Global Media on G-20 and Narendra Modi has visit - Part 1

On marking the new frontiers of loyalty

A very insightful article written by Mark Malloch Brown for Bangkok Post mentions that, 'our allegiances, particularly in the West, have rarely seemed more divided than they do now. Amartya Sen, the Nobel laureate economist, has argued that we can learn to live with these multiple identities and even thrive with the diversity of citizenship and loyalties that they allow us'. Mr. Brown however, argues that this diversity is not entirely benign.

He also mentions that, 'under Prime Minister Narendra Modi’s leadership, India may prove to be a semi-admiring imitator of China. Russia, by contrast, is a more classic National Security State, now playing Western anxieties like a fiddle to consolidate its tightening grip on Ukraine and suppress domestic opposition with a tide of official nationalism'.

On Putin’s hitting on China’s First Lady

Bethany Allen-Ebrahimian wrote for Foreign Policy about President Putin hitting on China’s First Lady. She begins by stating that the first unspoken rule of diplomacy of not hitting on the President’s wife has been missed by Russia’s newly single President. She then describes how the events unfolded on the evening of 10th of November at the Asia-Pacific Economic Cooperation (APEC) summit.

She also talked of how within hours of posting the video, Chinese news sites pulled it off and censors scrubbed it off social media sites as President Xi specifically targets “infidelity as both a sign and a symptom of graft” and given China’s growing economic and military ties with Russia, even the hint of less than squeaky-clean behaviour involving Russia’s President and China’s First Lady is certainly strictly verboten.

On APEC

Amy Miller while writing for Legal Insurrection decided to focus on the overambitious US and China’s pledge to address greenhouse gas emissions. Both the nations had made the joint announcement at APEC summit in Beijing. Amy quotes CBS News to state that, “India’s new Prime Minister, Narendra Modi, has already set renewable energy targets for the country, including using solar energy to ensure full energy access by 2019, but analysts and experts are expecting more definitive commitments”.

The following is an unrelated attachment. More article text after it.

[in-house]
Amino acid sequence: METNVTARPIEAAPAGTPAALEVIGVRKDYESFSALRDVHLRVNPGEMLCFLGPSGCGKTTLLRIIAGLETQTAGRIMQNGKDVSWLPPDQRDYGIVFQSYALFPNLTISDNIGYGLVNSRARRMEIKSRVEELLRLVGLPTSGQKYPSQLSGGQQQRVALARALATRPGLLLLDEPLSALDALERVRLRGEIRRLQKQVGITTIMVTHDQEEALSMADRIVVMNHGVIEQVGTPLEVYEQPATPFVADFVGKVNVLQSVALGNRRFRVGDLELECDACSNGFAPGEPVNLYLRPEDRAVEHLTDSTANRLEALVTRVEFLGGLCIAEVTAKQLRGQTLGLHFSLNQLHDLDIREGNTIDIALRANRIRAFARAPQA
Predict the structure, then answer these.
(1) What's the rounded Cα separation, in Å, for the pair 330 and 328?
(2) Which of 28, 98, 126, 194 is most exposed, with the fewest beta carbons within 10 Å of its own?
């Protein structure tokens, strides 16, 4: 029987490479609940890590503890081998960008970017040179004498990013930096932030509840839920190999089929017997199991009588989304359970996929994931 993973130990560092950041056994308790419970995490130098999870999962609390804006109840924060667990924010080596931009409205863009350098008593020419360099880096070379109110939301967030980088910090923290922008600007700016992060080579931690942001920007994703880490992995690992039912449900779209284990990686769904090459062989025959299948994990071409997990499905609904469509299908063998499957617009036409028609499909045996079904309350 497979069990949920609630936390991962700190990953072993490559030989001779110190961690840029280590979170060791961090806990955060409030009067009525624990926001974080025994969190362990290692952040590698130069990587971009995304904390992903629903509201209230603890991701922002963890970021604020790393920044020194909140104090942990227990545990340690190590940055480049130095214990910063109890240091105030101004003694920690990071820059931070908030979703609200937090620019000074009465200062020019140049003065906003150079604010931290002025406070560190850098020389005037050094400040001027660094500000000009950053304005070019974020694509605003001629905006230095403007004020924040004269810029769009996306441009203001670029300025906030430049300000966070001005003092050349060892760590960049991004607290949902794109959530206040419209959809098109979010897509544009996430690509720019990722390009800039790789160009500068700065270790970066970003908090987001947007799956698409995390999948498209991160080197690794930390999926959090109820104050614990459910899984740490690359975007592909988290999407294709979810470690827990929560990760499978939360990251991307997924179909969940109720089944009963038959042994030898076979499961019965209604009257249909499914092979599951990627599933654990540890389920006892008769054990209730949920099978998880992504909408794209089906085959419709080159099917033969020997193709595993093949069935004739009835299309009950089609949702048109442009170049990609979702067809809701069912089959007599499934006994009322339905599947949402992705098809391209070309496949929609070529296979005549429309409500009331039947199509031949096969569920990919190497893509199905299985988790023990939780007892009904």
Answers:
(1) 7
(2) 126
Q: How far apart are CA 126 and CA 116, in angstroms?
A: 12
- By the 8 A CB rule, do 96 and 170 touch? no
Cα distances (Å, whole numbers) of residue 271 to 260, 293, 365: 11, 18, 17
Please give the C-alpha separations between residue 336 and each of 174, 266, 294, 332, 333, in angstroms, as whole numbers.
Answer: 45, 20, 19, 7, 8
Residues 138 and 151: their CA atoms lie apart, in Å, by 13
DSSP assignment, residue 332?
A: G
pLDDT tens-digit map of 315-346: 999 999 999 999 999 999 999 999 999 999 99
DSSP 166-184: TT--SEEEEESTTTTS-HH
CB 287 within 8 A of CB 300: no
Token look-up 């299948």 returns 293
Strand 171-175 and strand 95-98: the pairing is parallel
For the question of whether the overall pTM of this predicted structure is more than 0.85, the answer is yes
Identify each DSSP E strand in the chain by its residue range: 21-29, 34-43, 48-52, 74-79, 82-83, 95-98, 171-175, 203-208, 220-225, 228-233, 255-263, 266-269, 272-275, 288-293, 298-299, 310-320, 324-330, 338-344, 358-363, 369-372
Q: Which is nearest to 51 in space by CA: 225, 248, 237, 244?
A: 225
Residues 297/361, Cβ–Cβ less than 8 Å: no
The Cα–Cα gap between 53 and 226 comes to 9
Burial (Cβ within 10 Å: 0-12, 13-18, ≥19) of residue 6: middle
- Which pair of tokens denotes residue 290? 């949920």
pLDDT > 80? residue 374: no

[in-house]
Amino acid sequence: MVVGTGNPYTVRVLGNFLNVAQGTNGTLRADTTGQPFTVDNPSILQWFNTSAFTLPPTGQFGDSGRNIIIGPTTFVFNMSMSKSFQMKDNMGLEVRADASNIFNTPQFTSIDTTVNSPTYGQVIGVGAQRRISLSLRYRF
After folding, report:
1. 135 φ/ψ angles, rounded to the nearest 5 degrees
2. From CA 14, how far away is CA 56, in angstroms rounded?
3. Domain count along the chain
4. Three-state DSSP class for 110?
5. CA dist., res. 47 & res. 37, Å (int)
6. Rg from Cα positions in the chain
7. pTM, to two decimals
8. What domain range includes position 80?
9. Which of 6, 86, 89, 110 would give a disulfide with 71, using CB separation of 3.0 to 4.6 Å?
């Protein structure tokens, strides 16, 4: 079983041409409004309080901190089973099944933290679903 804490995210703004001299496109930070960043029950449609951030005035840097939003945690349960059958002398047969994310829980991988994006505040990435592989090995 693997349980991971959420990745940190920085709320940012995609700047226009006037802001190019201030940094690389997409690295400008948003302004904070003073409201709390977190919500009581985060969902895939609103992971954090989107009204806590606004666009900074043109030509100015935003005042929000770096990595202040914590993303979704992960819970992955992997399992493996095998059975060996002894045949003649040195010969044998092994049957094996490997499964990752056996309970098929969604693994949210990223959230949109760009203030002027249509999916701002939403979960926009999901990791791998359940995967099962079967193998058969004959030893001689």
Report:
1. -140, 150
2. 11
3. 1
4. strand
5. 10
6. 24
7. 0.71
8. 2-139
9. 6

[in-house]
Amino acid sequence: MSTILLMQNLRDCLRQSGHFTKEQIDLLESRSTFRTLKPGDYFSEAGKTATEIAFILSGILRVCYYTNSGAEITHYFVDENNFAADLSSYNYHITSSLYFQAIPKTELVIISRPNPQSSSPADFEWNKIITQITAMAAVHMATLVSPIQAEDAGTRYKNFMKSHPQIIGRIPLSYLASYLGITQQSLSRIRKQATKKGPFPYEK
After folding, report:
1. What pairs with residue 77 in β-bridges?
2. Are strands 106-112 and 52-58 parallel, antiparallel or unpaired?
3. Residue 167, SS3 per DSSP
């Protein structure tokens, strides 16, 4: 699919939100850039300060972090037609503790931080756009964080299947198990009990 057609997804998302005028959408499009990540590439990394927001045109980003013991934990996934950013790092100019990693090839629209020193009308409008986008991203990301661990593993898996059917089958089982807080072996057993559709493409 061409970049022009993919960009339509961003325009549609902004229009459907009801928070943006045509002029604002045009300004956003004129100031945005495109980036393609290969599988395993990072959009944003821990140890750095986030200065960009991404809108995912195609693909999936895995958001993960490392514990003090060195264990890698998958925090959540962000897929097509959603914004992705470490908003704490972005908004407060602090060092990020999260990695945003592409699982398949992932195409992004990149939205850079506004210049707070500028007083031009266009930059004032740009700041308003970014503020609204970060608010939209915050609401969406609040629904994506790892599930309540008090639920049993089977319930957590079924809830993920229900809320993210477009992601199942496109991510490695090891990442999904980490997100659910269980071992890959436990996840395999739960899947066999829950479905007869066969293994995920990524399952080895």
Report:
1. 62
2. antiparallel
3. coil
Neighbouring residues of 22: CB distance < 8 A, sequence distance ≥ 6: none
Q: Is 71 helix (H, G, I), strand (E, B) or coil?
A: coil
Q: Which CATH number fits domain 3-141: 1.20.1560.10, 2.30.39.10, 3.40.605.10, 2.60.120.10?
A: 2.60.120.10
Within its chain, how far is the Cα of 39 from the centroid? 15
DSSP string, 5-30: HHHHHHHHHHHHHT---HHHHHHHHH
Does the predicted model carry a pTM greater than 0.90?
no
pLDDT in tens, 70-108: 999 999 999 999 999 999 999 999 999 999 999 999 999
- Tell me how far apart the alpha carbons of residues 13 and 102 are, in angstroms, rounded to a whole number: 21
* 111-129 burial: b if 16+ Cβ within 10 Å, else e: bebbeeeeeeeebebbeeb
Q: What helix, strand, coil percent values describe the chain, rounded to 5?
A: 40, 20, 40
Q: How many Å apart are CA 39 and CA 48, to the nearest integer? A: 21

Xie Chao while writing for Global Times said that India declined the invitation for attending APEC summit despite Chinese President Xi Jinping extending invitation personally to PM Modi during their first meeting in Brazil on the side-lines of the sixth BRICS summit. It is believed that India’s 'recent moves regarding WTO negotiations and declining this APEC meeting present us with an India in contradiction'. Xie Chao’s suggestion is that India’s economic reform and development could certainly benefit from APEC institutions for broader contact with other Asia-Pacific countries.

On ASEAN Summit

Global Research published a piece by Joseph Santolan on the wrap up of the ASEAN summit. He wrote, 'While the plenary discussions held at this year’s summit did not see much in the way of open hostility, every regional actor was engaged in strained political manoeuvres. The tensions throughout Southeast Asia, centred upon the disputed waters of the South China Sea, have reached their sharpest pitch in decades and the threat of war is palpable'. Mr. Santolan also quotes President Obama state that 'the importance of all countries in the region to abide by rules-based norms and international law'.

Razak Ahmad for The Star too focused on 'China’s flexing of muscles in the South China Sea has created friction with several Asean members'. Mr. Ahmad quoted Tan Sri Ajit Singh, who served as Asean’s first secretary-general from 1993 to 1997, say 'Malaysia is also a direct party in the dispute but we have good economic and political relations with China. As chairman, we are expected to try and prevent the issues from getting out of hand'.

On informal BRICS meet

For Bloomberg Sharon Chen, Raymond Colitt and Zhou Zin wrote about the informal BRICS meet before the G-20 summit. At the meet the five BRICS nations agreed to speed up formation of a development bank and raised concerns over the pace of the global economic recovery. Brazilian President said at the meeting that, 'the advanced countries haven’t managed a consistent recovery and international trade isn’t growing enough to stimulate emerging markets. Advanced economies need to boost their internal demand to pre-crisis levels instead of trying to solve their problems by increasing their exports'.